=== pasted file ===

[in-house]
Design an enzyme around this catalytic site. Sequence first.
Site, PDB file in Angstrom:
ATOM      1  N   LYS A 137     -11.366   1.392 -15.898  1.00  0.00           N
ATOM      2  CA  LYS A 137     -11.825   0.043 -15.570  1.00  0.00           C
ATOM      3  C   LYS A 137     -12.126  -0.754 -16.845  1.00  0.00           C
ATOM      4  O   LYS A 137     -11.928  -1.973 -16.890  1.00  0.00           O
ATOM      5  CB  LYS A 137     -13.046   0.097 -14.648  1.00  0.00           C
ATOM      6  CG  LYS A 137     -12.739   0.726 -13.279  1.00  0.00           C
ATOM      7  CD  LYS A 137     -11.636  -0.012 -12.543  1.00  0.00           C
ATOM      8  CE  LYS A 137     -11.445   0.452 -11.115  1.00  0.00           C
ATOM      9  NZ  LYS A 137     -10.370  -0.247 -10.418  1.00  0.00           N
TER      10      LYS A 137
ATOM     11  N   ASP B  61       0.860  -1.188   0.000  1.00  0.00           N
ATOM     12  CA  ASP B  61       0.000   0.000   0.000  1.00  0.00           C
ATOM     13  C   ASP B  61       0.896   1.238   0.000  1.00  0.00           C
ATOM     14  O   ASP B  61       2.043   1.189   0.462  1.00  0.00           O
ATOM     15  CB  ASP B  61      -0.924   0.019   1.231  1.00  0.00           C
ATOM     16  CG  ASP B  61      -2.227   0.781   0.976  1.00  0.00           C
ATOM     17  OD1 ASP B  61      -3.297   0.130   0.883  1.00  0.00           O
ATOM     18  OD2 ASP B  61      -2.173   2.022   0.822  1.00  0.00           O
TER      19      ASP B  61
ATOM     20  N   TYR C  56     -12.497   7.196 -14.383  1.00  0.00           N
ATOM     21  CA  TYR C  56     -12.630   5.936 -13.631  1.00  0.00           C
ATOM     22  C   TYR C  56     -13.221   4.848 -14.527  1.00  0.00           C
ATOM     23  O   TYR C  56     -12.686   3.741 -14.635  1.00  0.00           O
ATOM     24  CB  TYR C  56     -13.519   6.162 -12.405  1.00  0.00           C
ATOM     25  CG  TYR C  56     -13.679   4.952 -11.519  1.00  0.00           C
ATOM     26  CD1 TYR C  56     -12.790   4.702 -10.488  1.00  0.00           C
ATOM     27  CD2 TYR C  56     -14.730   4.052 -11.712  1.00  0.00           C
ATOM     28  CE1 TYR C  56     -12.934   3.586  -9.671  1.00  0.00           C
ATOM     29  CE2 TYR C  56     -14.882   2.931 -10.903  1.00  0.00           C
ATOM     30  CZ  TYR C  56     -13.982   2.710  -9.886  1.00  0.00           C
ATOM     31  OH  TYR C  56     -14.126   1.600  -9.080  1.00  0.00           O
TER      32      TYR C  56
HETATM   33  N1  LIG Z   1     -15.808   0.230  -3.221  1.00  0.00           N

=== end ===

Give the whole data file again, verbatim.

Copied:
[in-house]
Design an enzyme around this catalytic site. Sequence first.
Site, PDB file in Angstrom:
ATOM      1  N   LYS A 137     -11.366   1.392 -15.898  1.00  0.00           N
ATOM      2  CA  LYS A 137     -11.825   0.043 -15.570  1.00  0.00           C
ATOM      3  C   LYS A 137     -12.126  -0.754 -16.845  1.00  0.00           C
ATOM      4  O   LYS A 137     -11.928  -1.973 -16.890  1.00  0.00           O
ATOM      5  CB  LYS A 137     -13.046   0.097 -14.648  1.00  0.00           C
ATOM      6  CG  LYS A 137     -12.739   0.726 -13.279  1.00  0.00           C
ATOM      7  CD  LYS A 137     -11.636  -0.012 -12.543  1.00  0.00           C
ATOM      8  CE  LYS A 137     -11.445   0.452 -11.115  1.00  0.00           C
ATOM      9  NZ  LYS A 137     -10.370  -0.247 -10.418  1.00  0.00           N
TER      10      LYS A 137
ATOM     11  N   ASP B  61       0.860  -1.188   0.000  1.00  0.00           N
ATOM     12  CA  ASP B  61       0.000   0.000   0.000  1.00  0.00           C
ATOM     13  C   ASP B  61       0.896   1.238   0.000  1.00  0.00           C
ATOM     14  O   ASP B  61       2.043   1.189   0.462  1.00  0.00           O
ATOM     15  CB  ASP B  61      -0.924   0.019   1.231  1.00  0.00           C
ATOM     16  CG  ASP B  61      -2.227   0.781   0.976  1.00  0.00           C
ATOM     17  OD1 ASP B  61      -3.297   0.130   0.883  1.00  0.00           O
ATOM     18  OD2 ASP B  61      -2.173   2.022   0.822  1.00  0.00           O
TER      19      ASP B  61
ATOM     20  N   TYR C  56     -12.497   7.196 -14.383  1.00  0.00           N
ATOM     21  CA  TYR C  56     -12.630   5.936 -13.631  1.00  0.00           C
ATOM     22  C   TYR C  56     -13.221   4.848 -14.527  1.00  0.00           C
ATOM     23  O   TYR C  56     -12.686   3.741 -14.635  1.00  0.00           O
ATOM     24  CB  TYR C  56     -13.519   6.162 -12.405  1.00  0.00           C
ATOM     25  CG  TYR C  56     -13.679   4.952 -11.519  1.00  0.00           C
ATOM     26  CD1 TYR C  56     -12.790   4.702 -10.488  1.00  0.00           C
ATOM     27  CD2 TYR C  56     -14.730   4.052 -11.712  1.00  0.00           C
ATOM     28  CE1 TYR C  56     -12.934   3.586  -9.671  1.00  0.00           C
ATOM     29  CE2 TYR C  56     -14.882   2.931 -10.903  1.00  0.00           C
ATOM     30  CZ  TYR C  56     -13.982   2.710  -9.886  1.00  0.00           C
ATOM     31  OH  TYR C  56     -14.126   1.600  -9.080  1.00  0.00           O
TER      32      TYR C  56
HETATM   33  N1  LIG Z   1     -15.808   0.230  -3.221  1.00  0.00           N